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The Sac & the Fox Nations of Iowa

The Sac, or Sauk, an Algonquin word meaning "yellow earth people" and the Fox, or Meskwaki, meaning "red earth people" originated in what is now Illinois and Wisconsin, but like most other nations were forced to move time and time again. Today the two tribes, which have been extremely close allies and friends since joining together in 1734 to fend off attacks from an alliance of the Ojibwe and the French, occupy three distinct reservations in Iowa, Kansas and Oklahoma.

The Sac & Fox Tribe of the Mississippi in Iowa have a 3,200 acre parcelofland in central Iowa known as the Meskwaki Indian Settlement. This Iowa band of Sac & Fox numbering less than 1,000 individuals possess a flag of simple design, but complex meaning.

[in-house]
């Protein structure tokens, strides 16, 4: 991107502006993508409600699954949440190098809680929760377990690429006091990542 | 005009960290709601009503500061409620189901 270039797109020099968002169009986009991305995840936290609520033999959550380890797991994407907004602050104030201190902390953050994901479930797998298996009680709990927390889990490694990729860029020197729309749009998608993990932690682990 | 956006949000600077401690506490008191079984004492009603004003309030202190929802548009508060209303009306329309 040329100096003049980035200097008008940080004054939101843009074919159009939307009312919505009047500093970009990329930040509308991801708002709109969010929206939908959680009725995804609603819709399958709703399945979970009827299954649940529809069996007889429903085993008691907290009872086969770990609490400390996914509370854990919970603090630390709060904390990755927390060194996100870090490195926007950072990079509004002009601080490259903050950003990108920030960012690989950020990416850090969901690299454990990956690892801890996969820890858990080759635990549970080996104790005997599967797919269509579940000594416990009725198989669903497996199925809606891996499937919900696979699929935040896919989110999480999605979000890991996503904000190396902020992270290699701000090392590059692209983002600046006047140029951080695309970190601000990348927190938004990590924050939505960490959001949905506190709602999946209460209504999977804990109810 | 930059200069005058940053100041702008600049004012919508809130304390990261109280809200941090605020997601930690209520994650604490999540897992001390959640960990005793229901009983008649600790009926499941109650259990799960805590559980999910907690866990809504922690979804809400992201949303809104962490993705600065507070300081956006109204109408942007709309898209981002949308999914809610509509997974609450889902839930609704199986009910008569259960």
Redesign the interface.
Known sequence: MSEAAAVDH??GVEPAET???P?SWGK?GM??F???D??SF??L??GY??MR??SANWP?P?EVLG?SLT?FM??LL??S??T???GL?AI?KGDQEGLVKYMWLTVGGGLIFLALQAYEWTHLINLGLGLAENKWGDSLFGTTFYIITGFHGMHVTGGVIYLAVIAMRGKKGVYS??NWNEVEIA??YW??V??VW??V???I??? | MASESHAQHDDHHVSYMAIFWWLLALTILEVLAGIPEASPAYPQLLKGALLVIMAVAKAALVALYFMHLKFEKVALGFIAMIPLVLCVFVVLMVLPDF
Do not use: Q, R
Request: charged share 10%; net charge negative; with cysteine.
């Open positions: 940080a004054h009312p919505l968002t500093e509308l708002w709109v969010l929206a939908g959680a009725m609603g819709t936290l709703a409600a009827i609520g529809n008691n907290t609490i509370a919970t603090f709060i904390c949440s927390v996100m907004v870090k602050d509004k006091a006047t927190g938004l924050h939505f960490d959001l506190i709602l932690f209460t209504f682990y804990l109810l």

The flag is a simple bicolor of green over red. The bicolor, naturally, invokes the idea that these two nations have come together as one people.

The green symbolizes the concepts of life, peace, spring and represents the peace chief, one of the three members of the tribal authority.

The red stands for death, war, the autumn, a time when much of life fades away, and the war chief. In the olden days, when war was imminent, the tribal calumets, or peace pipes, would be stripped of their traditional white feathers and replaced by red feathers.

The peace chief is an hereditary title passed from father to son. His job was to settle disputes within the tribe and to be in charge of discussions at all council meetings. The war chief was selected whenever there was a military campaign, from amongst the bravest and most able of the tribe's warriors. He would be in charge of council meetings whenever war oriented topics were discussed. The third tribal leader, not symbolized in the flag, was the ceremonial leader or shaman. The shaman was the keeper of the religious rites and instructed others in the various rituals of the tribe.

Don Healy, Bisbee, Az 85603